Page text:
Written by Anthony Moujaes
The United Church of Christ will get a taste of cheese, brats and beers during the 32nd General Synod in 2019. The Wisconsin Conference UCC was enthusiastic in its invitation to Milwaukee, offering to host the denomination's biennial gathering, which the UCC Board of Directors unanimously accepted Thursday, Oct. 20, as part of business during the fall meeting.
It will mark the first time a General Synod will be held in America's Dairyland, and as the Rev. Franz Rigert pointed out, the conference felt it was ready to take a turn in welcoming the wider church.
"We have a settled staff after being in interim mode for years," said Rigert, who has been the conference minister in Wisconsin for nearly two years. "We've got excited people, we've got direction and a vision. We also wanted to host because it's our turn. We have 220 congregations and over 45,000 people, so we need to step up to be the church of hospitality that invites you our way."
“When we presented this as a business item to our board of directors this fall, it was enthusiastically endorsed... We are eager, at long last, to host our UCC siblings and show them some Wisconsin hospitality," said the Rev. Kerri Parker, pastor of McFarland UCC and chair of the conference board of directors, which made the presentation to the UCC board with Rigert.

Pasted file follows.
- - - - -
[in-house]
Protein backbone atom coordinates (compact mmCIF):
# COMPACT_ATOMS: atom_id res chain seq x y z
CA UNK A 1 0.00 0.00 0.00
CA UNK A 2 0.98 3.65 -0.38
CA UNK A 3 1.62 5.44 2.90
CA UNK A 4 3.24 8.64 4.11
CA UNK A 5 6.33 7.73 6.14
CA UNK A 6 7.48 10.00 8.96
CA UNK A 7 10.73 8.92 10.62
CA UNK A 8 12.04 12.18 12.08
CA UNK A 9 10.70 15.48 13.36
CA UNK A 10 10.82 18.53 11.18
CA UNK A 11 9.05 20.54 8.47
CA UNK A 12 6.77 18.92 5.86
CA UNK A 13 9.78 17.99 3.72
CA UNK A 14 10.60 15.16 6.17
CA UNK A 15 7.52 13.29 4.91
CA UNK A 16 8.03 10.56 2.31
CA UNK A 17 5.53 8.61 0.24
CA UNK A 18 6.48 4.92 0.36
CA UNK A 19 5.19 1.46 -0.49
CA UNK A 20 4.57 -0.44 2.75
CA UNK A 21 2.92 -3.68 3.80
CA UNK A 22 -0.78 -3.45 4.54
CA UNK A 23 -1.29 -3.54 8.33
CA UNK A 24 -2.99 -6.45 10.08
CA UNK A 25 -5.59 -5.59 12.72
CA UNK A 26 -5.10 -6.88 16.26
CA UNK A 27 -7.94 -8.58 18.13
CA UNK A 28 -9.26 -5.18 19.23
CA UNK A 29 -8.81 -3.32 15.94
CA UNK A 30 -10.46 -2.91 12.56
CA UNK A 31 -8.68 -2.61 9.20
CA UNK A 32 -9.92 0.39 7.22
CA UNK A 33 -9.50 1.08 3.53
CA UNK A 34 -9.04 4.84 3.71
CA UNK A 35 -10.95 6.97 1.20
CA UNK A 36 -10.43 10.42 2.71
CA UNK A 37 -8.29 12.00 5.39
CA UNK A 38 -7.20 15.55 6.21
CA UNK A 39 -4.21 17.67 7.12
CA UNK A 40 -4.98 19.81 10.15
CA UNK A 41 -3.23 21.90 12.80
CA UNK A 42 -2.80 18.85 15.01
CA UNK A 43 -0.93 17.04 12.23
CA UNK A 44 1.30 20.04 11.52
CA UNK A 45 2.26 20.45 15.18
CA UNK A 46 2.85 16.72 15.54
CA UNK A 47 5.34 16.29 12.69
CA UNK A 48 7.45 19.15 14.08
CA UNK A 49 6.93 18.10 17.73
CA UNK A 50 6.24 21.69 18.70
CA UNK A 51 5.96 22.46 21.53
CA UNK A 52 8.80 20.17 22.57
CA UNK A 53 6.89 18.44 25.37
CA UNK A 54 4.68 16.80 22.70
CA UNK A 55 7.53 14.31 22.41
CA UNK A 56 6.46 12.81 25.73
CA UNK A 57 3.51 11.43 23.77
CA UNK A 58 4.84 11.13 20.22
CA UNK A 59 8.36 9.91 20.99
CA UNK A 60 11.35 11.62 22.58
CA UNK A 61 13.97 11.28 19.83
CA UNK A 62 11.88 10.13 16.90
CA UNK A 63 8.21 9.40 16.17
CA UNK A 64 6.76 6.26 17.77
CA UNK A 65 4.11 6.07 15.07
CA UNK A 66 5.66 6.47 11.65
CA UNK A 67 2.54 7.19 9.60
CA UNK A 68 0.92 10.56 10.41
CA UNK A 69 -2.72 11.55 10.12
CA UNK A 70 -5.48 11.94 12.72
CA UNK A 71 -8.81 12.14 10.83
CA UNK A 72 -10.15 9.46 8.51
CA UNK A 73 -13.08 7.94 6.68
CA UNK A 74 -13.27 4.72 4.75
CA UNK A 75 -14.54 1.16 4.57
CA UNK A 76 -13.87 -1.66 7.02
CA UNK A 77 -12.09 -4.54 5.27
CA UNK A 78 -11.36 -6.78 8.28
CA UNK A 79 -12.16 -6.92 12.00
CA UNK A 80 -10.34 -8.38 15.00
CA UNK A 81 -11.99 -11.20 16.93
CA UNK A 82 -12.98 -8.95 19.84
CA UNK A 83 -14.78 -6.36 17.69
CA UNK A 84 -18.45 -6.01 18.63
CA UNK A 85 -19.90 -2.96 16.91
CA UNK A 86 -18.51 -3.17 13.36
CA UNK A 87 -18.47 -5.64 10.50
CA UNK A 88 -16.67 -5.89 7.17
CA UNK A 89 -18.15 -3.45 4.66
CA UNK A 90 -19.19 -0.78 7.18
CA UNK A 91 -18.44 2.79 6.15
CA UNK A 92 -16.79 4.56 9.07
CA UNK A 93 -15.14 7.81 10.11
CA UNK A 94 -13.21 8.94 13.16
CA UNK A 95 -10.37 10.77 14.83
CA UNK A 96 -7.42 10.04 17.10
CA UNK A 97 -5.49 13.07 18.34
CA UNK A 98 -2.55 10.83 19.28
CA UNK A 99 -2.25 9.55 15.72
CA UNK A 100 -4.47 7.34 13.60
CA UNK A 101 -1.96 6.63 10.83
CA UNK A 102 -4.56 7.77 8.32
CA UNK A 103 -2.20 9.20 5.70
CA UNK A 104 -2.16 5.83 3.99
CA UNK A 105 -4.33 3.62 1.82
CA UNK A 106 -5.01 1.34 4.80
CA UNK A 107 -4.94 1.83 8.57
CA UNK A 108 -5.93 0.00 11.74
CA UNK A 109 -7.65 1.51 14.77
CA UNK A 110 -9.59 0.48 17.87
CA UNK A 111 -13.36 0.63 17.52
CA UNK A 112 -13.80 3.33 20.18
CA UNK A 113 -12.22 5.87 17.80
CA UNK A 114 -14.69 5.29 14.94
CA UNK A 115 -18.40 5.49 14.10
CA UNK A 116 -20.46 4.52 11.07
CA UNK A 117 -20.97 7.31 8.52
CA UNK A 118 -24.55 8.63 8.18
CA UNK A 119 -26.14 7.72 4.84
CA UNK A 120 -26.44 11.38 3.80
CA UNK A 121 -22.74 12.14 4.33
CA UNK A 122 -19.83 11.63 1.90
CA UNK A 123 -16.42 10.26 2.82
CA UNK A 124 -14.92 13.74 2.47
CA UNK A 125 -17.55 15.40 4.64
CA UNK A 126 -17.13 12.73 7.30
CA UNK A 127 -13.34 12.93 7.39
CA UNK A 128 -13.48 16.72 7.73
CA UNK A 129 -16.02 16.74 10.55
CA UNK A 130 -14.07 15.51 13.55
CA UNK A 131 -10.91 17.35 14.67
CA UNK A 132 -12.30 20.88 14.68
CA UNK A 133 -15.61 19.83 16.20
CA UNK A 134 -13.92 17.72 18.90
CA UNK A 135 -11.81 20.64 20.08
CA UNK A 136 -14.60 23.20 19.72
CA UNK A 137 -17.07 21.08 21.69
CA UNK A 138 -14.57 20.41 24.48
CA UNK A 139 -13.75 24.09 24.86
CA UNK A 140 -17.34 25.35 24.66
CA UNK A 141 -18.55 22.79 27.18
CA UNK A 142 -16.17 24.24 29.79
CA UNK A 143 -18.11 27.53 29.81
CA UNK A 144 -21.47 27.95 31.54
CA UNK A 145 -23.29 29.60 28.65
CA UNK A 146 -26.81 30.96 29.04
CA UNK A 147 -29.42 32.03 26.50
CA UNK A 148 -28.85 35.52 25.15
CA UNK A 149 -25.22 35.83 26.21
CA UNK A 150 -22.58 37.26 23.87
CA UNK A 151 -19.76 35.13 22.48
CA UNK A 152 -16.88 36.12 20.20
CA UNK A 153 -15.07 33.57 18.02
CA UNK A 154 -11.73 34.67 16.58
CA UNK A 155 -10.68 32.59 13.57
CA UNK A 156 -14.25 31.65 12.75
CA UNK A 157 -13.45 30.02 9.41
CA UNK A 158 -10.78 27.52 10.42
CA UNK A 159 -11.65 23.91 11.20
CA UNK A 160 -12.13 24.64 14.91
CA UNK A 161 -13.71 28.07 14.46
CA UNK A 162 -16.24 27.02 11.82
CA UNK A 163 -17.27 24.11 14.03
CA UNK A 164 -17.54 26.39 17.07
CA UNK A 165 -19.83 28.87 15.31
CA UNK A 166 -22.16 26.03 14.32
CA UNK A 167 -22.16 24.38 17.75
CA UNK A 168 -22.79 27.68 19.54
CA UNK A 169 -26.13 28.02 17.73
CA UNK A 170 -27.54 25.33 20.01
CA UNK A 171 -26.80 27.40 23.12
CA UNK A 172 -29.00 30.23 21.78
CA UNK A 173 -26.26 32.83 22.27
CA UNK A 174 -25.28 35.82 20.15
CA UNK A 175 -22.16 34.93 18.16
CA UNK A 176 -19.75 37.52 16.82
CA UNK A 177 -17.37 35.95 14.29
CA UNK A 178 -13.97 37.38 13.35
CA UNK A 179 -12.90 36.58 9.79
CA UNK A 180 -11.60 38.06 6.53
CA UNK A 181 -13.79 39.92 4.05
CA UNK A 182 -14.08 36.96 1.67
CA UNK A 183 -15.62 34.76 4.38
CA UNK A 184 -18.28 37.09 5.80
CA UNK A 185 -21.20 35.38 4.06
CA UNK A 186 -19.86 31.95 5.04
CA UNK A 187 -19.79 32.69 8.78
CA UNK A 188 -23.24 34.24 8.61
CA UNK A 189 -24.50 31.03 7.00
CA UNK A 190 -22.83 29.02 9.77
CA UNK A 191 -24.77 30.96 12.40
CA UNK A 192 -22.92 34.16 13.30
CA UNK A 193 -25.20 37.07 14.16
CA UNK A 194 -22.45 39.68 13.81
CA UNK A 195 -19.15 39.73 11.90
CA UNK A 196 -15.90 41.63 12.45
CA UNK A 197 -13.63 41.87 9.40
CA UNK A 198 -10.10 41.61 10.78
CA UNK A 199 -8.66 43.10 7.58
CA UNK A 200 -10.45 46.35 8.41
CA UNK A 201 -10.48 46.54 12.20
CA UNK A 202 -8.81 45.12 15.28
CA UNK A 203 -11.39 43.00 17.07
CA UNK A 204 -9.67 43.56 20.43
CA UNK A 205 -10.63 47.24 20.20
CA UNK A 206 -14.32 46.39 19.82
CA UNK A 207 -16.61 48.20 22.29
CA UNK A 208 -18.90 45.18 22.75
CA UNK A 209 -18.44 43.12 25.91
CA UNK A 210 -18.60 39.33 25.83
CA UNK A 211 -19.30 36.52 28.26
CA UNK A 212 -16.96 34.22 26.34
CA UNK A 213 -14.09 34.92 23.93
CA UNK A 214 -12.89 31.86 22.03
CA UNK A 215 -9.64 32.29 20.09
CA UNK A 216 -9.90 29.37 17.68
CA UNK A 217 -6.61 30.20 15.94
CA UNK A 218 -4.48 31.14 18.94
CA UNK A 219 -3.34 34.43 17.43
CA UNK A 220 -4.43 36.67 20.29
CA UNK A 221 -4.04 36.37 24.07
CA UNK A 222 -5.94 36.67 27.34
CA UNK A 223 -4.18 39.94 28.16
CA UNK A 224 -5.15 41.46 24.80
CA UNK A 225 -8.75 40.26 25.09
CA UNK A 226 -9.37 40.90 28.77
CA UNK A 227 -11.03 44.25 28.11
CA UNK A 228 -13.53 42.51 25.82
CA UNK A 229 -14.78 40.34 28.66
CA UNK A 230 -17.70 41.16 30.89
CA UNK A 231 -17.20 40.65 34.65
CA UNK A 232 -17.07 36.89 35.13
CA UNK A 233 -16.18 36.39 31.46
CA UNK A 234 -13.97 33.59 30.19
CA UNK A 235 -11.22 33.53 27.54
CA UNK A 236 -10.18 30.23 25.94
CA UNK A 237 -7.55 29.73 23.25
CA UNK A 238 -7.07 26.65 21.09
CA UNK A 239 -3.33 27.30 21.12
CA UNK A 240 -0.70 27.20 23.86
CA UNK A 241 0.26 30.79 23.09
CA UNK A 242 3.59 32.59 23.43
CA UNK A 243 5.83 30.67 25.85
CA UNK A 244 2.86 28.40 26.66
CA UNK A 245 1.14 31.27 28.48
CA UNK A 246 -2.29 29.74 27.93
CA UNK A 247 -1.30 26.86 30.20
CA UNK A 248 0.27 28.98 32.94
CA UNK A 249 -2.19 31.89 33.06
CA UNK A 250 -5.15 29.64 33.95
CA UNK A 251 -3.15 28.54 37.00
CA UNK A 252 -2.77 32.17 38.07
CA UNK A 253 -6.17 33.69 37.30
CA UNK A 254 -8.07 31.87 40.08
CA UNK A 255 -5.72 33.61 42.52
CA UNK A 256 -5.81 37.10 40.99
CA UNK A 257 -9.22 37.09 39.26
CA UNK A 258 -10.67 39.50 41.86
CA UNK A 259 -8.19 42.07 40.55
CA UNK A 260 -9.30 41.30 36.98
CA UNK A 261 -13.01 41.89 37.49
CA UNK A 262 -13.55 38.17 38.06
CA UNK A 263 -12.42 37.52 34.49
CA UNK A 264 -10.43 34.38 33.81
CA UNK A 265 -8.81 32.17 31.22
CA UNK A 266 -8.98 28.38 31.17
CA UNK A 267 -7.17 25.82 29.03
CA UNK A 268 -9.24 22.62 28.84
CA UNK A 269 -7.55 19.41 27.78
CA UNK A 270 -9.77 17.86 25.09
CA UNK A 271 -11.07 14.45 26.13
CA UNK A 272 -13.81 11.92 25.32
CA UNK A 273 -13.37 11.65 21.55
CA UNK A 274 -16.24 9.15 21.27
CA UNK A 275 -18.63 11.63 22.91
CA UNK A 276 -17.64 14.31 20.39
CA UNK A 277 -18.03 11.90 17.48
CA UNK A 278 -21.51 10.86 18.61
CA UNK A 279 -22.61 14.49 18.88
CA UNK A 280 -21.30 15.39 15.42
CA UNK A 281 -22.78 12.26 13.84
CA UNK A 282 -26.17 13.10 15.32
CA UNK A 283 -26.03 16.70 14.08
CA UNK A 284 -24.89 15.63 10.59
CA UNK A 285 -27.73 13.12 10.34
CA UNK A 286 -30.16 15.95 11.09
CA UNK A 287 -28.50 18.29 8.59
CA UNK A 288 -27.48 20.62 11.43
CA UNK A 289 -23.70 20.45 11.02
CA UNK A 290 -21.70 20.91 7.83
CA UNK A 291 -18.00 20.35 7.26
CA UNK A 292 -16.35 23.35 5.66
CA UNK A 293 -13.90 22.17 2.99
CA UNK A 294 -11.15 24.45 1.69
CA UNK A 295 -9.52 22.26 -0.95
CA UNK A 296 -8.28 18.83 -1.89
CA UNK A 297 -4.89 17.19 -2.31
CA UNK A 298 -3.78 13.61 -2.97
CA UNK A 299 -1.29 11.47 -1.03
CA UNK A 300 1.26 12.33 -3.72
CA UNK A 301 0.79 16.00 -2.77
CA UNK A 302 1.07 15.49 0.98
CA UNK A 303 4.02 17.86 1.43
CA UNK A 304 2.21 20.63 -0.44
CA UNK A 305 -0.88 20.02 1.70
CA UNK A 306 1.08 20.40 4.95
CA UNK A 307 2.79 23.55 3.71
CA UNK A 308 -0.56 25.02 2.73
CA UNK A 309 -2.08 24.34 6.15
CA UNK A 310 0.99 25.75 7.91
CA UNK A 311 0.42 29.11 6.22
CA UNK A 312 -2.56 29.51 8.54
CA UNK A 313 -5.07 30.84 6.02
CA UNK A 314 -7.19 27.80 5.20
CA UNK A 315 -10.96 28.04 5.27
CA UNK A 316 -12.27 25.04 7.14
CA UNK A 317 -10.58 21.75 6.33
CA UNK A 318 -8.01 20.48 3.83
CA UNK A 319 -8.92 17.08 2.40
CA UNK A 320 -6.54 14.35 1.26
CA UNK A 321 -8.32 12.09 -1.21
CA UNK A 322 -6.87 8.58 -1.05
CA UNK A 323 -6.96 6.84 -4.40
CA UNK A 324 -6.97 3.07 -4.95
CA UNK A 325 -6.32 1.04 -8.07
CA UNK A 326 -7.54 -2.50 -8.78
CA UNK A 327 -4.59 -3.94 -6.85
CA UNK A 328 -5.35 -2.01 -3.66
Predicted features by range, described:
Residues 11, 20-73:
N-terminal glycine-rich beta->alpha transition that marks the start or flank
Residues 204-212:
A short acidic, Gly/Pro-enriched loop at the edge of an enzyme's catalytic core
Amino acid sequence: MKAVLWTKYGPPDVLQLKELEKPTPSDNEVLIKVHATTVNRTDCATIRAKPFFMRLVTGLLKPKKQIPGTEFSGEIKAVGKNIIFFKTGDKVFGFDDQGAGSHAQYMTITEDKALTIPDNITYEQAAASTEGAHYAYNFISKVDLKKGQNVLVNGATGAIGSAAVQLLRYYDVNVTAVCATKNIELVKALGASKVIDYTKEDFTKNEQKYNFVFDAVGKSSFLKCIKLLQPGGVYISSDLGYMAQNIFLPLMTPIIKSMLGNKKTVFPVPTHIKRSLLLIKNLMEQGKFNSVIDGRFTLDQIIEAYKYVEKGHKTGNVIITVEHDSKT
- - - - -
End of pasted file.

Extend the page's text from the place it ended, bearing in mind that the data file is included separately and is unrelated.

"We're excited about so many aspects of hosting the UCC in Wisconsin," said Parker. "We intend to be ready. We will be strong partners when the wider church joins us in Milwaukee."
As excited as Rigert and Parker were in extending the invitation, they also shed light on Milwaukee's inequalities as a reminder that justice work lay ahead.
"Milwaukee is one of the most segregated cities in the U.S. There is a racial divide, and the inequities are immense," said Rigert, noting that four of five black children in the city live in poverty, and that it has the highest African American unemployment rate (20 percent) in the nation. "We don't say this to depress you — we say this because we as a conference have to do our work and our study on the racial divide and the issues that trouble our city. We have some ideas and we may invite the wider church to participate."
UCC Chief Administrative Officer Lee Foley detailed a handful of reasons why the Wisconsin Conference and the city of Milwaukee are set to host a General Synod.
"When we visited recently the city exceeded our expectations, as does the conference," he said. "The Wisconsin Conference is a strong and viable conference, capable of recruiting the volunteers to staff a General Synod, and to raise the money to support the cost of a Synod. I can't tell you what a benefit it is to have strong conference leadership."
"The city offers wonderful facilities — walking-distance hotels‚ great venues and attractions that boost attendance," Foley said. "It's a diverse and welcoming city, and that aligns with the personality of the UCC."
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